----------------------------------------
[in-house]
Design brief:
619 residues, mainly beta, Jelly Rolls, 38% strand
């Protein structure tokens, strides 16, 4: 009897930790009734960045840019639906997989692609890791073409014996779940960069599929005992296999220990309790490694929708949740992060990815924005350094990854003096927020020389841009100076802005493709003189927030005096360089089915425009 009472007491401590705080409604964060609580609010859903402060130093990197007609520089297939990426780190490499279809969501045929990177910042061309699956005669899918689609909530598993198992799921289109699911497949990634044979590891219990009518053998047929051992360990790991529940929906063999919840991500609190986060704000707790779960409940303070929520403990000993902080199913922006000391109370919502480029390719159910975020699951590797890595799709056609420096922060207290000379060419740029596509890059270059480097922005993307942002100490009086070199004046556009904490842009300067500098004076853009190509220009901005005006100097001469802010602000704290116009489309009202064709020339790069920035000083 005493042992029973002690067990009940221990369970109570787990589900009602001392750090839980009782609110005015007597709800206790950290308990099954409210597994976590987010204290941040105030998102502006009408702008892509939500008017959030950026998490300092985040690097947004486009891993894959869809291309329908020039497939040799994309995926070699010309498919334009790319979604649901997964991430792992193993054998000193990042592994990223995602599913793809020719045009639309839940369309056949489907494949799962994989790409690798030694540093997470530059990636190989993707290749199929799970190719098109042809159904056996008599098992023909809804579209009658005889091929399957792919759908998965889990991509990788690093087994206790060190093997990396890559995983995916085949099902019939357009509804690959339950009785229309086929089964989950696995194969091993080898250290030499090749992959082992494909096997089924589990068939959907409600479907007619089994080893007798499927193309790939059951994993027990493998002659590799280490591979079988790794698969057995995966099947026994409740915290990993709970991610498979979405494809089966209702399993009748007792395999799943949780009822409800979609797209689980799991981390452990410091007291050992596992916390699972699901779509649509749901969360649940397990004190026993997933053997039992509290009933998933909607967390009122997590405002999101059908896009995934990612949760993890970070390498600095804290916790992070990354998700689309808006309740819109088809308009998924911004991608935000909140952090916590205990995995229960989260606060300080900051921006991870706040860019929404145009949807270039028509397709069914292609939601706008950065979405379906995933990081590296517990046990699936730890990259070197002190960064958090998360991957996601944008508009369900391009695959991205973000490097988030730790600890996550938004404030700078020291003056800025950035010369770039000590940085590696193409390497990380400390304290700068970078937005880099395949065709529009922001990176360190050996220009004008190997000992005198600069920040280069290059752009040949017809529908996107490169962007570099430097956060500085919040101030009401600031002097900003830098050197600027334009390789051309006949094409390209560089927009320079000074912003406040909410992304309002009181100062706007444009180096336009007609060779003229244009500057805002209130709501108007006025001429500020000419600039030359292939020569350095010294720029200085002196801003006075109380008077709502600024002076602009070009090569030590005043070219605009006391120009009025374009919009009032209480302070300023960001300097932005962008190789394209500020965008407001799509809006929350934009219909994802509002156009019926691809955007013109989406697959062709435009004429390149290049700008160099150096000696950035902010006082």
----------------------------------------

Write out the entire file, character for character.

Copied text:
[in-house]
Design brief:
619 residues, mainly beta, Jelly Rolls, 38% strand
């Protein structure tokens, strides 16, 4: 009897930790009734960045840019639906997989692609890791073409014996779940960069599929005992296999220990309790490694929708949740992060990815924005350094990854003096927020020389841009100076802005493709003189927030005096360089089915425009 009472007491401590705080409604964060609580609010859903402060130093990197007609520089297939990426780190490499279809969501045929990177910042061309699956005669899918689609909530598993198992799921289109699911497949990634044979590891219990009518053998047929051992360990790991529940929906063999919840991500609190986060704000707790779960409940303070929520403990000993902080199913922006000391109370919502480029390719159910975020699951590797890595799709056609420096922060207290000379060419740029596509890059270059480097922005993307942002100490009086070199004046556009904490842009300067500098004076853009190509220009901005005006100097001469802010602000704290116009489309009202064709020339790069920035000083 005493042992029973002690067990009940221990369970109570787990589900009602001392750090839980009782609110005015007597709800206790950290308990099954409210597994976590987010204290941040105030998102502006009408702008892509939500008017959030950026998490300092985040690097947004486009891993894959869809291309329908020039497939040799994309995926070699010309498919334009790319979604649901997964991430792992193993054998000193990042592994990223995602599913793809020719045009639309839940369309056949489907494949799962994989790409690798030694540093997470530059990636190989993707290749199929799970190719098109042809159904056996008599098992023909809804579209009658005889091929399957792919759908998965889990991509990788690093087994206790060190093997990396890559995983995916085949099902019939357009509804690959339950009785229309086929089964989950696995194969091993080898250290030499090749992959082992494909096997089924589990068939959907409600479907007619089994080893007798499927193309790939059951994993027990493998002659590799280490591979079988790794698969057995995966099947026994409740915290990993709970991610498979979405494809089966209702399993009748007792395999799943949780009822409800979609797209689980799991981390452990410091007291050992596992916390699972699901779509649509749901969360649940397990004190026993997933053997039992509290009933998933909607967390009122997590405002999101059908896009995934990612949760993890970070390498600095804290916790992070990354998700689309808006309740819109088809308009998924911004991608935000909140952090916590205990995995229960989260606060300080900051921006991870706040860019929404145009949807270039028509397709069914292609939601706008950065979405379906995933990081590296517990046990699936730890990259070197002190960064958090998360991957996601944008508009369900391009695959991205973000490097988030730790600890996550938004404030700078020291003056800025950035010369770039000590940085590696193409390497990380400390304290700068970078937005880099395949065709529009922001990176360190050996220009004008190997000992005198600069920040280069290059752009040949017809529908996107490169962007570099430097956060500085919040101030009401600031002097900003830098050197600027334009390789051309006949094409390209560089927009320079000074912003406040909410992304309002009181100062706007444009180096336009007609060779003229244009500057805002209130709501108007006025001429500020000419600039030359292939020569350095010294720029200085002196801003006075109380008077709502600024002076602009070009090569030590005043070219605009006391120009009025374009919009009032209480302070300023960001300097932005962008190789394209500020965008407001799509809006929350934009219909994802509002156009019926691809955007013109989406697959062709435009004429390149290049700008160099150096000696950035902010006082």